Between them they decided that I and my Android recharger might be the answer. I guess that GD2 then rang me on my immobile home number and discovered that I was out. Then, knowing my aversion and incompetence as a mobile phoner, and especially as a reliable receiver of incoming mobile messages, she did not not attempt to ring me on my mobile. Or, she did try my mobile and I did not answer.
For various reasons that I still don’t understand and which in any case do not now matter, Baritone ended up coming to my home, armed with GD2’s key to my home, and having made his entrance, he “borrowed” my mobile phone recharger.
I want to emphasise that the above quote marks are not sneer quotes. They are confusion quotes.
For, what exactly does it mean to “borrow” a mobile phone charger? What GD2 meant, when she assured Baritone that it would okay for him to “borrow” my phone charger, was that it would be okay for him to charge up his mobile phone, using my charger at my home. As indeed it would have been.
However, Baritone misunderstood this assurance to mean that it would be okay for him to “borrow” my charger, as in: take it away and make use it throughout Saturday evening, in other places besides mine. I don’t believe that Baritone would have done this without that assurance from GD2, as he understood it. After all, whereas charging up your mobile in situ is socially very okay, taking a charger away without permission is surely a twenty-first century social gaff of the first order. But, Baritone thought that he had permission to do this otherwise unacceptable thing. GD2 is adamant that she gave no such permission, but I believe that Baritone genuinely thought that this unusual procedure was, in the light of GD2’s assurance, okay. He made this clear in a written thankyou note he left on my desk.
And it normally would have been okay. Had I not been going on an expedition the following day with GD1, then the charger could have made its way back to my home some time on or around Sunday, and all would have been fine. But, for all the reasons that were explained in the previous posting, I needed that charger by quite early on Sunday morning at the latest.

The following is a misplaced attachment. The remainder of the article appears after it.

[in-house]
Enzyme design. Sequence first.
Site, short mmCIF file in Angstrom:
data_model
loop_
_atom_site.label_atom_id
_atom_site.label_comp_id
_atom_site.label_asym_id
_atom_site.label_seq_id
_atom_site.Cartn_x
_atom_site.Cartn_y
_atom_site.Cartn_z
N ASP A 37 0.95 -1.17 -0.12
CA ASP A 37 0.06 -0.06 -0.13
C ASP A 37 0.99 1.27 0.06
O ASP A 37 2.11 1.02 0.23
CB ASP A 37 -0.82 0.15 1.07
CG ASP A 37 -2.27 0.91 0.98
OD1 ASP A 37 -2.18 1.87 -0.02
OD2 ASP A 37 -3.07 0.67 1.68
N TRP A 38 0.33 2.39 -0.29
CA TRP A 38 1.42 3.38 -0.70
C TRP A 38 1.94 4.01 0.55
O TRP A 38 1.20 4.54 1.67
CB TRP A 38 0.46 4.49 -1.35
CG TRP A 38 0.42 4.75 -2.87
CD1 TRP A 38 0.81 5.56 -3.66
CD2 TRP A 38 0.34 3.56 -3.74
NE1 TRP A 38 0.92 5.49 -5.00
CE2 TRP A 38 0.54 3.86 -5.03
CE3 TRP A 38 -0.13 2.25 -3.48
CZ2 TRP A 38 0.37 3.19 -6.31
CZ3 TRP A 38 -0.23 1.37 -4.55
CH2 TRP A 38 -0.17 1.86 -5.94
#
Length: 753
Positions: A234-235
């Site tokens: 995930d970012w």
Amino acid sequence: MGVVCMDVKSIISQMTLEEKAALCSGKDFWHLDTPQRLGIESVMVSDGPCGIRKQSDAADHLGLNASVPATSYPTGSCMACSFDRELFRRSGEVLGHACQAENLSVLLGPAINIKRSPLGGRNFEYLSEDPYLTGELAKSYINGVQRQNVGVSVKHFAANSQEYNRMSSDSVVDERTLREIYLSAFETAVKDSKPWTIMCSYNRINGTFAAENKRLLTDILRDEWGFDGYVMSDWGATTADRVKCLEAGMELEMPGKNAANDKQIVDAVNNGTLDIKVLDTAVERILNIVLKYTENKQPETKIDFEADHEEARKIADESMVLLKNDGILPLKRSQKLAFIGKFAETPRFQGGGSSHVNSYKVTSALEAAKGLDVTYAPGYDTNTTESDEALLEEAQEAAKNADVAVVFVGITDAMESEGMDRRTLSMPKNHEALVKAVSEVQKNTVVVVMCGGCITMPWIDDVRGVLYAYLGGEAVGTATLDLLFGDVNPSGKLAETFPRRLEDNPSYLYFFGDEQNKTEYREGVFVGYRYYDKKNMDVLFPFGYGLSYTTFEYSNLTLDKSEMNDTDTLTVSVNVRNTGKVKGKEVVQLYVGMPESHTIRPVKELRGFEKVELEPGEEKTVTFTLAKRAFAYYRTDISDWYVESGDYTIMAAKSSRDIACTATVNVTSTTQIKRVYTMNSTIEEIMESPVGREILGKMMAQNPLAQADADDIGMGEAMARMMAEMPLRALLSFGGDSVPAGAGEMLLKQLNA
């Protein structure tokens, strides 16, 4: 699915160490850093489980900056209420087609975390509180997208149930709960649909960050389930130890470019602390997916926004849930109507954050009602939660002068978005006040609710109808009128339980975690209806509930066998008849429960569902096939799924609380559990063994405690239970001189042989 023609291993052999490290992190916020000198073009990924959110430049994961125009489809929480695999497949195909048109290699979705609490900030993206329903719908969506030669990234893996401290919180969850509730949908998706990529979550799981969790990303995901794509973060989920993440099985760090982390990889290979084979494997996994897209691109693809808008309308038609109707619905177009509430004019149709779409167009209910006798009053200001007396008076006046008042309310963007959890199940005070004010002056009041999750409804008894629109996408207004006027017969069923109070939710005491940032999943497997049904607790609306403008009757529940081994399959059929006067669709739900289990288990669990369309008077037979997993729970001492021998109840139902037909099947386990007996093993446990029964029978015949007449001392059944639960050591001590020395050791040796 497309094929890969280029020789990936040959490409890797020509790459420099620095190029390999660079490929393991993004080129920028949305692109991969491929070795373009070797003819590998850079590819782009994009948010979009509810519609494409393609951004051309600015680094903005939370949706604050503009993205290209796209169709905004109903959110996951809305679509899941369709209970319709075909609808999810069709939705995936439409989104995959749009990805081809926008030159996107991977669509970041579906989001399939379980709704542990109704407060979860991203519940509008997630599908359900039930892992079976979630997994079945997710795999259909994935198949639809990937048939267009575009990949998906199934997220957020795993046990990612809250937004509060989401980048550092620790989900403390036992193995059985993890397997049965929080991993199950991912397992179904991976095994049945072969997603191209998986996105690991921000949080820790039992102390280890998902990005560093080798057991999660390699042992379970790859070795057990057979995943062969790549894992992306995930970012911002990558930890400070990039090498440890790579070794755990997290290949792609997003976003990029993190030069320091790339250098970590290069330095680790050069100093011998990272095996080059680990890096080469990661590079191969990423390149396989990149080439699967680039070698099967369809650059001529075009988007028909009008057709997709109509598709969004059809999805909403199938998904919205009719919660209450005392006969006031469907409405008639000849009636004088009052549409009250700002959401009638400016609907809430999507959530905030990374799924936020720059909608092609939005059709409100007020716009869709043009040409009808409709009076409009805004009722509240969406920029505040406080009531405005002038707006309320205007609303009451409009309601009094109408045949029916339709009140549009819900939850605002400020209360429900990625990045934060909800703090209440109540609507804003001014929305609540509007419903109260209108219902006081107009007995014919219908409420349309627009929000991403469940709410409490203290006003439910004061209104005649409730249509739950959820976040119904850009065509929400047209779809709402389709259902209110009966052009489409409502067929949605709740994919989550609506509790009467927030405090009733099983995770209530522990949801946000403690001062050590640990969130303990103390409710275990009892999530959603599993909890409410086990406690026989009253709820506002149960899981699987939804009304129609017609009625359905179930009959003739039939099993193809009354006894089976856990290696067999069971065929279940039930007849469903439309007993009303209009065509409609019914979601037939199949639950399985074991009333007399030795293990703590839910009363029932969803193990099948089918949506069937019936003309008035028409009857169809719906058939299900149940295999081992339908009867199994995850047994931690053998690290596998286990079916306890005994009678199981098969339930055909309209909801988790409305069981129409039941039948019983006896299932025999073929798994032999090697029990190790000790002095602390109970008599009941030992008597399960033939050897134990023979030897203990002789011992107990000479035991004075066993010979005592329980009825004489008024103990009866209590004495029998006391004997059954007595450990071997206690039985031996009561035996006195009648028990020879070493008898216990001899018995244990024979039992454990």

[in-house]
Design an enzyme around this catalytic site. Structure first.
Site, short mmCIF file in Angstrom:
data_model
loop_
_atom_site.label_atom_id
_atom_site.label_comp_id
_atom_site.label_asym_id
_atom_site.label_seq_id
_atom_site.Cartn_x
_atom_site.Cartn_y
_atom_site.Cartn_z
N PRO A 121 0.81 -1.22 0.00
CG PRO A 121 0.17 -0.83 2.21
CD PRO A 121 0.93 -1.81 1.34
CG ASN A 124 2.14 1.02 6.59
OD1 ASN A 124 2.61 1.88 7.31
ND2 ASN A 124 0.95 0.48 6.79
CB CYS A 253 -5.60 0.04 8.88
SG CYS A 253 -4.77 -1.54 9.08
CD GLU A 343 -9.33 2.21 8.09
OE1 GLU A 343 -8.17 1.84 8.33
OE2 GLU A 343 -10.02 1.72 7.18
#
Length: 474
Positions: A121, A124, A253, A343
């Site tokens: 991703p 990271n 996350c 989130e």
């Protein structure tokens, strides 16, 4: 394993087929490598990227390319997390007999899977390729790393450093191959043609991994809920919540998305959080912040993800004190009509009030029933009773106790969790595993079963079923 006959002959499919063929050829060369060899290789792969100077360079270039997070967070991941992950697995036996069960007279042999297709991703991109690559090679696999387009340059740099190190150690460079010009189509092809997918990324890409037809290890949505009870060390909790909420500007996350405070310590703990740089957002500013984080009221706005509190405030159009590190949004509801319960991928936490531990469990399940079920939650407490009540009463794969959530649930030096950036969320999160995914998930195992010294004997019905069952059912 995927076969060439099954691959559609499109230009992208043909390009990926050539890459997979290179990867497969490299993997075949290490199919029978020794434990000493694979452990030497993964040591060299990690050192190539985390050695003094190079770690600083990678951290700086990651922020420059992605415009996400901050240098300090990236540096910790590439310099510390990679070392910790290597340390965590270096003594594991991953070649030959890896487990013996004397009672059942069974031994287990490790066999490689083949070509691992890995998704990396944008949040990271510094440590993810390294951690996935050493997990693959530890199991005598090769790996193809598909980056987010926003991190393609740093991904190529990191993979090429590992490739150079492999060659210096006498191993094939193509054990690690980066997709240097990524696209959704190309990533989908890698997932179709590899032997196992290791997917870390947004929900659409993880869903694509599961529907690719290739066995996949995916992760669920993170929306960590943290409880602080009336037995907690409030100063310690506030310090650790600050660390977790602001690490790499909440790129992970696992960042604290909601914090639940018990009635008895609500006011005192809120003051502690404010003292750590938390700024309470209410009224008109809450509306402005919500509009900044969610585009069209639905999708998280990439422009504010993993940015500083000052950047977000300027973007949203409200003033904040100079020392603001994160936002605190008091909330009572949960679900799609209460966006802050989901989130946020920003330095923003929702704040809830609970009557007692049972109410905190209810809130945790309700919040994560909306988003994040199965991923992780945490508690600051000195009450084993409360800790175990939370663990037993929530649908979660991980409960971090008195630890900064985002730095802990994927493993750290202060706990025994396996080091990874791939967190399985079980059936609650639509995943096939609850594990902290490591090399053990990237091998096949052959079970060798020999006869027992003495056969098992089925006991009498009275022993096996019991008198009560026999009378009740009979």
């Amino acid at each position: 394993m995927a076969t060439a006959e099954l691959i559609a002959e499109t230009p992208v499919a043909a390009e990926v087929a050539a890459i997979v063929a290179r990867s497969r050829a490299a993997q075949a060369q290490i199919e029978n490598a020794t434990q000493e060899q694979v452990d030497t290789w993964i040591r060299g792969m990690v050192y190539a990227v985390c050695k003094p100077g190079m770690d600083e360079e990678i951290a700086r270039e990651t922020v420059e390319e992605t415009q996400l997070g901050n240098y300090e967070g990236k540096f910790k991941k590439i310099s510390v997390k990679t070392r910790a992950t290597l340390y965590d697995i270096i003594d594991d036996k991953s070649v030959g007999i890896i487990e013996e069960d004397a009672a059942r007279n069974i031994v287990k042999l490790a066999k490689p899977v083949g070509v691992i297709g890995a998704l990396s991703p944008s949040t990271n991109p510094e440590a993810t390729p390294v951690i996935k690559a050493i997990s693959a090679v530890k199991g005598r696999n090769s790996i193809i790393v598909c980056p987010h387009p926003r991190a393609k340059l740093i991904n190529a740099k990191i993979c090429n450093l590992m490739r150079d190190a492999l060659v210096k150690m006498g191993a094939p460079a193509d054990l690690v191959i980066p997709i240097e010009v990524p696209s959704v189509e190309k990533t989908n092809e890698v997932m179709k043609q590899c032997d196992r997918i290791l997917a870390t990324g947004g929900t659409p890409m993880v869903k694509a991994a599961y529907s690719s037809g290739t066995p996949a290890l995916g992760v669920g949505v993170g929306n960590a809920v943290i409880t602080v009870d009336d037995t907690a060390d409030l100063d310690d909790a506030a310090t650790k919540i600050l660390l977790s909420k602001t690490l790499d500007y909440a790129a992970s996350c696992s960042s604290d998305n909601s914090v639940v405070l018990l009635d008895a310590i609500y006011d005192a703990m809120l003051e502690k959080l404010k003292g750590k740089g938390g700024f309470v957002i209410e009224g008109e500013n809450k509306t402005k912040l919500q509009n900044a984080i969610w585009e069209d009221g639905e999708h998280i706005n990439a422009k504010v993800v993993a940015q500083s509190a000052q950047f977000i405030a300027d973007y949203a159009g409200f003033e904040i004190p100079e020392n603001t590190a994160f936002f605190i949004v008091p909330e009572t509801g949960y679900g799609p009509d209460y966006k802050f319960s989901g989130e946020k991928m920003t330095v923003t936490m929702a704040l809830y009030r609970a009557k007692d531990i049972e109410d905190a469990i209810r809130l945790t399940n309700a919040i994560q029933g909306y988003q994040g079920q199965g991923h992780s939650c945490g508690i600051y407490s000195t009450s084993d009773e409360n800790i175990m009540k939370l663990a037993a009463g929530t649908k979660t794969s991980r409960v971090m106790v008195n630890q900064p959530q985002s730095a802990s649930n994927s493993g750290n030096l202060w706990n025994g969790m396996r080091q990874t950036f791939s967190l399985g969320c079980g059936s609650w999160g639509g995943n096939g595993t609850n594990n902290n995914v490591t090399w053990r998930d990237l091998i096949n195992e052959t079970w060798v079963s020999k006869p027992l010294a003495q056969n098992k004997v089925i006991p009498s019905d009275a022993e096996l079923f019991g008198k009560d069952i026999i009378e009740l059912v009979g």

So, despite GD2s protestations, I acquit Baritone of wrongdoing.
But then again, Baritone is a baritone. And baritones often behave very badly, quite often at the expense of notably virtuous mezzo-sopranos. So maybe I’m being too kind.
All was speedily corrected by GD2, who was rather insulted by the profuseness of my thanks when she brought my charger back at 8am on Sunday morning. Of course I got your charger back. (See what I mean about virtuous mezzo-sopranos.)
It was just as well that I did get it back. In addition to using my mobile for all that meeting up at the start of the day, I also used it for its map app, and to tell me how Surrey were doing against Gloucester. Very well, as it happened. Nothing like your sports team winning to keep you going when you are knackered.
However, I now understand better why people have cameras with mobile phones built into them. What with my bag and all, I was having constantly to choose between knowing where I was, and photoing it.
Surrey are on a bit of a roll just now. This evening they beat Gloucester again, in a T20 slog at the Oval. Surrey needed a mere six runs from the last four balls. So, how did they get them? The last four balls went: wicket, dot, dot, six. In English that’s: probable Surrey victory, possible Surrey victory, almost impossible Surrey victory, Surrey victory. I got that off my laptop, but I could have got it from my mobile, if I had been out and about. Provided it hadn’t run out of puff.
As everyone else in the world found out several years before I did, a mobile phone is now an essential part of the kit you need to meet up with somebody. So, I made a point of having my mobile with me when G(od)D(aughter) 1 and I met up at Manor House tube last Sunday.
When I arrived there, at our predetermined time, I discovered that Manor House tube has three widely dispersed exits to choose from. Now you may say: “But how many ticket barriers does it have? One.” You are right, but what if the mobile phone reception at the ticket barrier, this ticket barrier being below ground, does not work? I needed to be out in the open.